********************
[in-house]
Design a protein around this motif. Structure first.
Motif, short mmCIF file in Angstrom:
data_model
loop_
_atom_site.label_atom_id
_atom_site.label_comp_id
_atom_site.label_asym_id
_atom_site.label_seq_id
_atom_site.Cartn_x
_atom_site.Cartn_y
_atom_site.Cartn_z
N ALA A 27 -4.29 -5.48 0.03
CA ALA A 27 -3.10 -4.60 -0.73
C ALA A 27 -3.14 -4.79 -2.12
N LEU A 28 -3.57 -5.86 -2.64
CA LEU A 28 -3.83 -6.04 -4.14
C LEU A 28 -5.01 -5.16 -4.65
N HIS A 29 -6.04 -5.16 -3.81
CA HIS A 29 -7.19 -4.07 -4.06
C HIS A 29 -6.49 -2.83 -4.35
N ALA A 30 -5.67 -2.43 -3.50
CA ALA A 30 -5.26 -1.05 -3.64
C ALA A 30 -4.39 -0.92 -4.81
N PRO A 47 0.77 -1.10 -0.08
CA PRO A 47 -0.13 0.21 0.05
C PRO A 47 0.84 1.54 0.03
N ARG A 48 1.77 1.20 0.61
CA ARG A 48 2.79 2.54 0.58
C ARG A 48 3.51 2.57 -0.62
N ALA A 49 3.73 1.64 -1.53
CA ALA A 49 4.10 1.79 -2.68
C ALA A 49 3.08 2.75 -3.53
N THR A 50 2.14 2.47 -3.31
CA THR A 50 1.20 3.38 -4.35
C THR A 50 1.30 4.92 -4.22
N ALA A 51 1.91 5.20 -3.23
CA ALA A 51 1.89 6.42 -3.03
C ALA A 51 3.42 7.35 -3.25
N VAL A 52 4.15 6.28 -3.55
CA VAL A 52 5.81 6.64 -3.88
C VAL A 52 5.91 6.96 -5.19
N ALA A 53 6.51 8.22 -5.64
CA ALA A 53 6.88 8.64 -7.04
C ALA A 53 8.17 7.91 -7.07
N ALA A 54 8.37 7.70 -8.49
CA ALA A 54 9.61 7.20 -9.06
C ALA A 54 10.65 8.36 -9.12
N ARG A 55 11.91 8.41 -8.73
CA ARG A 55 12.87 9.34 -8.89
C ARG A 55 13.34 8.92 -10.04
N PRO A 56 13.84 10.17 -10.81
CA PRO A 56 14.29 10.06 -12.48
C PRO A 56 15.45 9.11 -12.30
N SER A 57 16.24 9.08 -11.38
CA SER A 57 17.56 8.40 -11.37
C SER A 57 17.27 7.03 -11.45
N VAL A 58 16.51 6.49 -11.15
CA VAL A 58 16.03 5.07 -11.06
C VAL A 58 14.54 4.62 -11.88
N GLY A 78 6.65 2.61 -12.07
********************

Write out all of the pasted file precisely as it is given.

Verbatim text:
[in-house]
Design a protein around this motif. Structure first.
Motif, short mmCIF file in Angstrom:
data_model
loop_
_atom_site.label_atom_id
_atom_site.label_comp_id
_atom_site.label_asym_id
_atom_site.label_seq_id
_atom_site.Cartn_x
_atom_site.Cartn_y
_atom_site.Cartn_z
N ALA A 27 -4.29 -5.48 0.03
CA ALA A 27 -3.10 -4.60 -0.73
C ALA A 27 -3.14 -4.79 -2.12
N LEU A 28 -3.57 -5.86 -2.64
CA LEU A 28 -3.83 -6.04 -4.14
C LEU A 28 -5.01 -5.16 -4.65
N HIS A 29 -6.04 -5.16 -3.81
CA HIS A 29 -7.19 -4.07 -4.06
C HIS A 29 -6.49 -2.83 -4.35
N ALA A 30 -5.67 -2.43 -3.50
CA ALA A 30 -5.26 -1.05 -3.64
C ALA A 30 -4.39 -0.92 -4.81
N PRO A 47 0.77 -1.10 -0.08
CA PRO A 47 -0.13 0.21 0.05
C PRO A 47 0.84 1.54 0.03
N ARG A 48 1.77 1.20 0.61
CA ARG A 48 2.79 2.54 0.58
C ARG A 48 3.51 2.57 -0.62
N ALA A 49 3.73 1.64 -1.53
CA ALA A 49 4.10 1.79 -2.68
C ALA A 49 3.08 2.75 -3.53
N THR A 50 2.14 2.47 -3.31
CA THR A 50 1.20 3.38 -4.35
C THR A 50 1.30 4.92 -4.22
N ALA A 51 1.91 5.20 -3.23
CA ALA A 51 1.89 6.42 -3.03
C ALA A 51 3.42 7.35 -3.25
N VAL A 52 4.15 6.28 -3.55
CA VAL A 52 5.81 6.64 -3.88
C VAL A 52 5.91 6.96 -5.19
N ALA A 53 6.51 8.22 -5.64
CA ALA A 53 6.88 8.64 -7.04
C ALA A 53 8.17 7.91 -7.07
N ALA A 54 8.37 7.70 -8.49
CA ALA A 54 9.61 7.20 -9.06
C ALA A 54 10.65 8.36 -9.12
N ARG A 55 11.91 8.41 -8.73
CA ARG A 55 12.87 9.34 -8.89
C ARG A 55 13.34 8.92 -10.04
N PRO A 56 13.84 10.17 -10.81
CA PRO A 56 14.29 10.06 -12.48
C PRO A 56 15.45 9.11 -12.30
N SER A 57 16.24 9.08 -11.38
CA SER A 57 17.56 8.40 -11.37
C SER A 57 17.27 7.03 -11.45
N VAL A 58 16.51 6.49 -11.15
CA VAL A 58 16.03 5.07 -11.06
C VAL A 58 14.54 4.62 -11.88
N GLY A 78 6.65 2.61 -12.07